Extensions to copula based modeling of spike counts

Obermayer Klaus, Arno Onken, Steffen Grünewälder

Research output: Contribution to conferenceAbstractpeer-review

Abstract / Description of output

Recently, it has been shown that copula based models can be used to model a rich set of dependence structures together with appropriate distributions for single neuron variability [1, 2].
In this study, we extend the copula approach in three ways: Firstly, we present a novel copula transformation with interpretations for the underlying neural connectivity. The so-called Flashlight transformation is a generalization of the copula survival transformation and makes it possible to move the tail dependence of a copula into arbitrary corners of the distribution. We discuss several interpretations with respect to inhibitory and excitatory connections of projecting populations and demonstrate their validity on integrate and fire population models.

Secondly, we present a mixture approach that enables us to combine different dependence structures and thereby it allows us to test for different driving processes simultaneously. For example, we combine the advantages of the Flashlight transformation with the Farlie-Gumbel-Morgenstern family. Furthermore, we derive an expectation maximization inference method for the mixture model.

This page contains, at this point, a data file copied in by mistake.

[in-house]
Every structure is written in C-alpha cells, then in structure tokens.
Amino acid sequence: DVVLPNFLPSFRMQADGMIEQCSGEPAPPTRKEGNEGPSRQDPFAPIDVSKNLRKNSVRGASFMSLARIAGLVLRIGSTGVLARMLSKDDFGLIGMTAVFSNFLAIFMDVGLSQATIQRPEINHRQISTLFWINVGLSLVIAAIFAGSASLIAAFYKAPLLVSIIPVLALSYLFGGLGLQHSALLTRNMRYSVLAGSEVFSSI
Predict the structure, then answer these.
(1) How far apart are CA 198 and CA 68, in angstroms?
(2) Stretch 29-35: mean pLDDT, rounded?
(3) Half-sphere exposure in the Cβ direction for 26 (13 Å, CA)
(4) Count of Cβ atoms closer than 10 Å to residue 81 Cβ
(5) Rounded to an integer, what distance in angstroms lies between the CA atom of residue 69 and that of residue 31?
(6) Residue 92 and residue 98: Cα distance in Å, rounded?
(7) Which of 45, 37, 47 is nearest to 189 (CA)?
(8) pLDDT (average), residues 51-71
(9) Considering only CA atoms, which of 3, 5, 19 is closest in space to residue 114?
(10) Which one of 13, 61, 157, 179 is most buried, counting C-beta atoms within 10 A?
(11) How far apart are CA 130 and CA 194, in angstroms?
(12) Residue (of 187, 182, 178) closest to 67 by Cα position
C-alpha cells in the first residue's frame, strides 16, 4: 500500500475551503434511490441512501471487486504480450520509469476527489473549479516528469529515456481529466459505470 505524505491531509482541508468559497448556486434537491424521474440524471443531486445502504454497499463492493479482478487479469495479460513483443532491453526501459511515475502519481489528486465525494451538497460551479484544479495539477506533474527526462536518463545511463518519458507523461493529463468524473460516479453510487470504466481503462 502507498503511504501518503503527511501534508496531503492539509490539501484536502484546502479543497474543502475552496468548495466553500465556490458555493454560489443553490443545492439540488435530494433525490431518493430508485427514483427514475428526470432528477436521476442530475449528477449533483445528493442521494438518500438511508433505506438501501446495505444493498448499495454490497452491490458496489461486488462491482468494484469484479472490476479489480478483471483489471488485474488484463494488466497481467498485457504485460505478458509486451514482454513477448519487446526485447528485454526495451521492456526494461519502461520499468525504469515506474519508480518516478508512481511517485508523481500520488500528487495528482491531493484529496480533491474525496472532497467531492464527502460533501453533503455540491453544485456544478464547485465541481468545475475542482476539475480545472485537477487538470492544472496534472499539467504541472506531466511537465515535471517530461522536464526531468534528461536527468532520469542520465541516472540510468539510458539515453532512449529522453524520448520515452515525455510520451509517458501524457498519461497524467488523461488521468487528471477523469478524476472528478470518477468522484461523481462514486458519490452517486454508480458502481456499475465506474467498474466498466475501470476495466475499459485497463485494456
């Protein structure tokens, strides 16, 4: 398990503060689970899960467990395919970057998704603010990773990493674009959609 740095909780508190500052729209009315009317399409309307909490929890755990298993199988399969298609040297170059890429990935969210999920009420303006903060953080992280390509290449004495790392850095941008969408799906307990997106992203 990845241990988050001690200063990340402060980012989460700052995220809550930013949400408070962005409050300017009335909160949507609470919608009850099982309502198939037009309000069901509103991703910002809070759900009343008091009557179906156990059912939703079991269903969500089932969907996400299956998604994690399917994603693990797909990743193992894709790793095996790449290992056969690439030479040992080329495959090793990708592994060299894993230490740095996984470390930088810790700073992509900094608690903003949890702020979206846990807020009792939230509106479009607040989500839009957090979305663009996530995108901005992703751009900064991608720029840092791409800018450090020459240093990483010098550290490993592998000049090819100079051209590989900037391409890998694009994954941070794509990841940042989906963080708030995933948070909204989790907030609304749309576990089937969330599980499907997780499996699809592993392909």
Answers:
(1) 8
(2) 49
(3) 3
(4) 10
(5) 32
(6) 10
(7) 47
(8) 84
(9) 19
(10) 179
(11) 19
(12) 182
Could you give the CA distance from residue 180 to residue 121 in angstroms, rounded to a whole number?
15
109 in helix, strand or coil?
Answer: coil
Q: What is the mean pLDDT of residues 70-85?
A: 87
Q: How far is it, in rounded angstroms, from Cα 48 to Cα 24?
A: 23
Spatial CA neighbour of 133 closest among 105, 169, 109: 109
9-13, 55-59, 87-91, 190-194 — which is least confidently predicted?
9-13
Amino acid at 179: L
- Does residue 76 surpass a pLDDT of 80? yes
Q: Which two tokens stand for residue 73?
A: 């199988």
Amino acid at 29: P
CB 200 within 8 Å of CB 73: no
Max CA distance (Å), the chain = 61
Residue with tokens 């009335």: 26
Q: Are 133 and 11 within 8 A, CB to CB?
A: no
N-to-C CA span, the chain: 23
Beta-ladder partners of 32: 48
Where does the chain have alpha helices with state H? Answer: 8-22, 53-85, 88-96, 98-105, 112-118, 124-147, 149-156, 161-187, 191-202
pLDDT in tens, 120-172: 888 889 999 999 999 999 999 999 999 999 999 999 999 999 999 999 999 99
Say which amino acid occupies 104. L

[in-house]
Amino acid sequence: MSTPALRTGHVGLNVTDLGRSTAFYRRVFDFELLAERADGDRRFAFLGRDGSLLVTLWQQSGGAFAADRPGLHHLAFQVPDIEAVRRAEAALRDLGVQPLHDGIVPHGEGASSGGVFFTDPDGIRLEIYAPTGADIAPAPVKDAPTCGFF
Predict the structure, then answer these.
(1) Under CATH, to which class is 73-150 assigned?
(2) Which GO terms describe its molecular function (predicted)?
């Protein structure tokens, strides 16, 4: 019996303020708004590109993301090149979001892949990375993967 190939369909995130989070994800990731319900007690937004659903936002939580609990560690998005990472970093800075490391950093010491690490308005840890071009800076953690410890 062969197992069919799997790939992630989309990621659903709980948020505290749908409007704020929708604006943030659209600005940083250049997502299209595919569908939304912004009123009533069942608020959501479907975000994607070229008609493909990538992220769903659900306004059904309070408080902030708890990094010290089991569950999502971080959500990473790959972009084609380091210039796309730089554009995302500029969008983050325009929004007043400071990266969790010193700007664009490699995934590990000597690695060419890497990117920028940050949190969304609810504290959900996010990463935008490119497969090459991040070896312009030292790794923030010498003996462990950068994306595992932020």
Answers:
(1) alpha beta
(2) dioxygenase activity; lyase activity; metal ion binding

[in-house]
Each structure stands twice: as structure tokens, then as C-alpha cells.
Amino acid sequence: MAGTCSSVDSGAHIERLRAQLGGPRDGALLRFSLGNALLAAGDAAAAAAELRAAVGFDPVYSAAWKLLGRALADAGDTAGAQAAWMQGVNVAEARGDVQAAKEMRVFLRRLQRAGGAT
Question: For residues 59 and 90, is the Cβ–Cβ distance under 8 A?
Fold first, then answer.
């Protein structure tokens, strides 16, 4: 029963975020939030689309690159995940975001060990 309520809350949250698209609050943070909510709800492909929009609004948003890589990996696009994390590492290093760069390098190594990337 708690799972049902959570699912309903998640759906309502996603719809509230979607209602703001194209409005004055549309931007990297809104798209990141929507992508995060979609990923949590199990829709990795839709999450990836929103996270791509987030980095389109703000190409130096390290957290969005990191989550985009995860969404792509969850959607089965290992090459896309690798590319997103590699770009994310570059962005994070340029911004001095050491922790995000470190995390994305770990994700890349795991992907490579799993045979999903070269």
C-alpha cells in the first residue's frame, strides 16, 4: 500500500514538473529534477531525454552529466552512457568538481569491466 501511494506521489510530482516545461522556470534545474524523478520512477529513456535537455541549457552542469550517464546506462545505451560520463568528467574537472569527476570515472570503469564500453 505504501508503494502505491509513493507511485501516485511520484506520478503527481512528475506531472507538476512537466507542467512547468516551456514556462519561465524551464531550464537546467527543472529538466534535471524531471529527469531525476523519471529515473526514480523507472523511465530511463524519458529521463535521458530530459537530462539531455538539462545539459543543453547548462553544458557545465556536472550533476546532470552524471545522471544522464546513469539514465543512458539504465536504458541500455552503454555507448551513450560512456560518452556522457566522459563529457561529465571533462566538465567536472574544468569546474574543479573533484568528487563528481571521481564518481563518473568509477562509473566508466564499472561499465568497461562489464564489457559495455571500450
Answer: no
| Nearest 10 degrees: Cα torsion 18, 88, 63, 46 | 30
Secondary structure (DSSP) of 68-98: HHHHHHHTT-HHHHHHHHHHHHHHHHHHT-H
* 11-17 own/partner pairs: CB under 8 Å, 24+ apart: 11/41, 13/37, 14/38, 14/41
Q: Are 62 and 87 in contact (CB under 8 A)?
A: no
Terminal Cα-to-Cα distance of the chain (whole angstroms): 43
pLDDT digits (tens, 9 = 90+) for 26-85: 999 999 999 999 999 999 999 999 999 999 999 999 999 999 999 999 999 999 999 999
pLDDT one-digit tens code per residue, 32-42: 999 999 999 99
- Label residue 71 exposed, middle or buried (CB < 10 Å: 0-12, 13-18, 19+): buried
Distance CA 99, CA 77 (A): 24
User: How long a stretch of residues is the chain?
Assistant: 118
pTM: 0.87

Thirdly, we address problems associated with the current approach: 1) The computational complexity restricts the number of neurons that can be analyzed. 2) Typically, not many samples are available for model inference - hence overfitting is an issue. We consider a second class of probability models: the exponential families of distributions which allow efficient inference in terms of computation time and sample size. Furthermore, it has been shown that a subfamily of the exponential families allows Bayes-optimal cue integration in easy manner [3]. Combining both approaches allows to make efficient inference, while maintaining the interpretability of the spike count distributions. The tool we use for combining the approaches is the Kullback-Leibler divergence between both families of distributions.
Original languageEnglish
Number of pages1
Publication statusPublished - 3 Feb 2009
EventComputational and Systems Neuroscience 2009 -
Duration: 26 Feb 20093 Mar 2009


ConferenceComputational and Systems Neuroscience 2009


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